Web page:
He said: “Cannabis is being legalised and regulated across North America, and beyond. With European countries including Switzerland, the Netherlands and Luxembourg about to go down this route too, it is only a matter of time before the UK follows.”
“Multiple polls have shown majority public support – so at 3 out of 10 MPs backing it, they are actually behind the curve. Key is to put in place a sensible set of public-health centred regulations. These must learn from the failures of tobacco and alcohol regulation, and prevent commercial interests using advertising and promotion to increase use levels.”
If you’re wondering who the heck the LFF are then you’re not alone, I was in the same boat but then i did some digging and found that the LFF is a news reporting website and after some browsing I found that they had another interesting headline one that read; “REVEALED: UK is the world’s biggest producer of medical cannabis – but Brits can’t access it” - Which to me is appalling and shows that not only do we want legalisation but that we are ready and prepared.
After reading on, the report – that includes data from governments around the world – estimates that the UK produced 320 tonnes of legal medicinal cannabis in 2019 – more than triple the 2016 total of 95 tonnes, and accounting for 75% of the global total (468.3 tonnes). The UK therefore retains the ‘number one’ spot.
75% of the global total!
That’s insane! Considering I know quite a few stoners but not one person I know has access to legal marijuana, It’s near impossible to get a prescription for medical cannabis in the UK. A study by former government adviser Prof David Nutt and other researchers last year found that although cannabis-based products for medicinal use are now legal in the UK, it remains a challenge for patients to gain access: “Only very few National Health Service prescriptions have been written to date…the UK lags behind so many other countries which also have legalised medical cannabis.”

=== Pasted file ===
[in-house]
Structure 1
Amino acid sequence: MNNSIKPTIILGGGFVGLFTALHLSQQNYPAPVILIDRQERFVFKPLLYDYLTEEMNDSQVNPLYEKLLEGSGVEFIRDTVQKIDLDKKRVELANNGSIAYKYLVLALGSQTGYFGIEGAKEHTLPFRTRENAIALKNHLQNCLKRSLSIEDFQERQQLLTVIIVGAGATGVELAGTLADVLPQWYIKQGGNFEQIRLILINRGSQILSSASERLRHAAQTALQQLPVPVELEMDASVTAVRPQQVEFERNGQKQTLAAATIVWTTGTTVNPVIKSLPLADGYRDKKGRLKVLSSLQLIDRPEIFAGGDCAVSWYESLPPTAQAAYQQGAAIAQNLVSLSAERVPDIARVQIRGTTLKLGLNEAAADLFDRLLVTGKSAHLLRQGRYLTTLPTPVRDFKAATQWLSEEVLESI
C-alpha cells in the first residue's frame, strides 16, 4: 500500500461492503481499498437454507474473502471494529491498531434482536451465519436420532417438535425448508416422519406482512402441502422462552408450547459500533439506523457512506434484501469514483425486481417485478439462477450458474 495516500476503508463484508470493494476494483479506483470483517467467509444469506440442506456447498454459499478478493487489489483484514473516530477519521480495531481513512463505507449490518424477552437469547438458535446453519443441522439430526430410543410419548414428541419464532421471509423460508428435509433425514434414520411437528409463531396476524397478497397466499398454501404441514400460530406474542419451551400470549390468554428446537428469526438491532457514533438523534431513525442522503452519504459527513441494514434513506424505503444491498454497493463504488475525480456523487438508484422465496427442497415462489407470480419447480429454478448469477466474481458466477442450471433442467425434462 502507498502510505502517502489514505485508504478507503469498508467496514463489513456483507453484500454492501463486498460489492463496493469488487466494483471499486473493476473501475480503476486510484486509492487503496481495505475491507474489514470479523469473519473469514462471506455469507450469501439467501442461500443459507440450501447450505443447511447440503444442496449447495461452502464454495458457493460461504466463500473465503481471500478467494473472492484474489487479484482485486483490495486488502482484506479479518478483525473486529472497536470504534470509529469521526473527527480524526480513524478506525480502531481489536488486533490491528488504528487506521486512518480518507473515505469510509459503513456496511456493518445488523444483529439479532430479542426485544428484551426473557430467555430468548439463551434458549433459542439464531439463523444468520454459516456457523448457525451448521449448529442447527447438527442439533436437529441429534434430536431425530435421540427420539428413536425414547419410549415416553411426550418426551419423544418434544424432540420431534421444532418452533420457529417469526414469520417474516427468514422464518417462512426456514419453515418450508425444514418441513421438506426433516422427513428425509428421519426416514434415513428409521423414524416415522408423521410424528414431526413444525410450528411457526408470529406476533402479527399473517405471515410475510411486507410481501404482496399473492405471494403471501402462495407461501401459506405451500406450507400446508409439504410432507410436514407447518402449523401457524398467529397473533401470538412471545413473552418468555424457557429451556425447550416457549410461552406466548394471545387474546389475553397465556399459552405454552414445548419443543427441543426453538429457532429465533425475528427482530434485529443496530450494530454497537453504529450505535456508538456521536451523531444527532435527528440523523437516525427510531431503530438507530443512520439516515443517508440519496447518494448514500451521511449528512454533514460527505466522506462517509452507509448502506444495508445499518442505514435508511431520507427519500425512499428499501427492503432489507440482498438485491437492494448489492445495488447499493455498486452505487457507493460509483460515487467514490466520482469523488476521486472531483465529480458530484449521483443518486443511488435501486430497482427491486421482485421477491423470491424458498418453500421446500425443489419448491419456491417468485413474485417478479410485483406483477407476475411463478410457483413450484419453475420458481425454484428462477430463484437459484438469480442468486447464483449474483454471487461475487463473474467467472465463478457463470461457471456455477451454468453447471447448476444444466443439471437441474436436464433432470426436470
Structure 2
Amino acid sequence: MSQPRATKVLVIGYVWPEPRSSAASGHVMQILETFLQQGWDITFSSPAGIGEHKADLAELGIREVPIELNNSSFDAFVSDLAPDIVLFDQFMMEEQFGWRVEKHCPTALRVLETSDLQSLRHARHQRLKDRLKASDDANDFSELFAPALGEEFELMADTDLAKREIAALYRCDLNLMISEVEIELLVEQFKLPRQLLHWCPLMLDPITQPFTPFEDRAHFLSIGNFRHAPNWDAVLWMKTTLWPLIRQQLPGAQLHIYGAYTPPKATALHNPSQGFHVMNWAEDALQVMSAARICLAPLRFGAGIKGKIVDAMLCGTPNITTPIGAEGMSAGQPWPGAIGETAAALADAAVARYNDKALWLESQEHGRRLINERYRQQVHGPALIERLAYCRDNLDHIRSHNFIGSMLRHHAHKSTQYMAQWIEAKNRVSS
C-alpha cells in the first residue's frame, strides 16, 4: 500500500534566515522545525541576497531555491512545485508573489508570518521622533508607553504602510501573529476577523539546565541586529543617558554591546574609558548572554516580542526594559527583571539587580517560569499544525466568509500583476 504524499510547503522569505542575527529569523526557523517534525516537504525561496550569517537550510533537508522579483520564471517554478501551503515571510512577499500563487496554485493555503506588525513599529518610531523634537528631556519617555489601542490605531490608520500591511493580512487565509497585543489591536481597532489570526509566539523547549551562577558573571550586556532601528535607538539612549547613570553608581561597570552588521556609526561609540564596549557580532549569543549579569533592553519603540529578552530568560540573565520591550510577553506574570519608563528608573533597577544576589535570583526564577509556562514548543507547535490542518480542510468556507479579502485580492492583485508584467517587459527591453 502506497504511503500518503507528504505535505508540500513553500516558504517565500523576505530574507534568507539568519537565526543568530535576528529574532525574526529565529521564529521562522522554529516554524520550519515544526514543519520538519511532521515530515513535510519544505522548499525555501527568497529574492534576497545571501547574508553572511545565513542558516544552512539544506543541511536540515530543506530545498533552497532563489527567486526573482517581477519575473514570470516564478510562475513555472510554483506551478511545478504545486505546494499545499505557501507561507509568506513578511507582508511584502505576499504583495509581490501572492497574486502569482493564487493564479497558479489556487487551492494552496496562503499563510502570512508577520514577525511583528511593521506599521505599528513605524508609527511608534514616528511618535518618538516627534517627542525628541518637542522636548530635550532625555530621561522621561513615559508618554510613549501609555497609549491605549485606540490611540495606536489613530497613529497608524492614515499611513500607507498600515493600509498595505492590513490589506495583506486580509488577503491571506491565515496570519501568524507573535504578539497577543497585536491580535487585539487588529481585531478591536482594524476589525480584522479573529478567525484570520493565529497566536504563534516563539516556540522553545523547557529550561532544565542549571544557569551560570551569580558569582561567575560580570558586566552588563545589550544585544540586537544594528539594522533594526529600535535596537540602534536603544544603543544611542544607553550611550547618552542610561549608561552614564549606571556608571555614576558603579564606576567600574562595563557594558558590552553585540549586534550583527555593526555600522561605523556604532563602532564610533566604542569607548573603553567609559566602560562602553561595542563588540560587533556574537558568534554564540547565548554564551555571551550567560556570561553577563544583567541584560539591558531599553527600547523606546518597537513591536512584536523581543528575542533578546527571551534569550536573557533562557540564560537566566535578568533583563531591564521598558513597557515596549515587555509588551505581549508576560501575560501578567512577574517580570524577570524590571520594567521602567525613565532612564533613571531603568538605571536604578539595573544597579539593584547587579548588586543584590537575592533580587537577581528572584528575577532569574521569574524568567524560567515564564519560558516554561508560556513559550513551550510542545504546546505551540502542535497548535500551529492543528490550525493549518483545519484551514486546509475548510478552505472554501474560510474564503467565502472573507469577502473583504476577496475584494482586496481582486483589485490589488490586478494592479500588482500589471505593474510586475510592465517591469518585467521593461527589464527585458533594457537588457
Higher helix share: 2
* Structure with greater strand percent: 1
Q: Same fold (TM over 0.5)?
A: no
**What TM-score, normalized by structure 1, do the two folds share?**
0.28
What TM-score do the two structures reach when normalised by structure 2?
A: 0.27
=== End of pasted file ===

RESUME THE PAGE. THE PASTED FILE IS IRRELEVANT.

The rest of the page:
“From consulting with parents and patients, prescribers, pharmacists and decision-makers it seems that there are a series of distinct barriers to prescribing that need to be overcome in order to improve patient access to medical cannabis in the UK,” Prof Nutt and other authors said.
The only way to legally gain access to marijuana right now is to have one of two severe types of epilepsy and even then it is only used as a last resort. This is disappointing as there are countless studies out there suggesting the medicinal benefits of cannabis and we as a country are producing this magical medicine and just shipping it out rather than helping people here. A shame really.
Policing Minister Kit Malthouse said that controlled drugs devastate lives and communities and anyone dealing should expect to face the ‘full force of the law’.
He said: “We have no plans to decriminalise cannabis – it is controlled under Class B of the Misuse of Drugs Act 1971 as there is clear scientific and medical evidence that cannabis is a harmful drug which can damage people’s mental and physical health, and harms individuals and communities.
“We must prevent drug use, support people through treatment and recovery, and tackle the supply of illegal drugs.” - He sounds like he’s fun at parties.
Written By Tom Knowles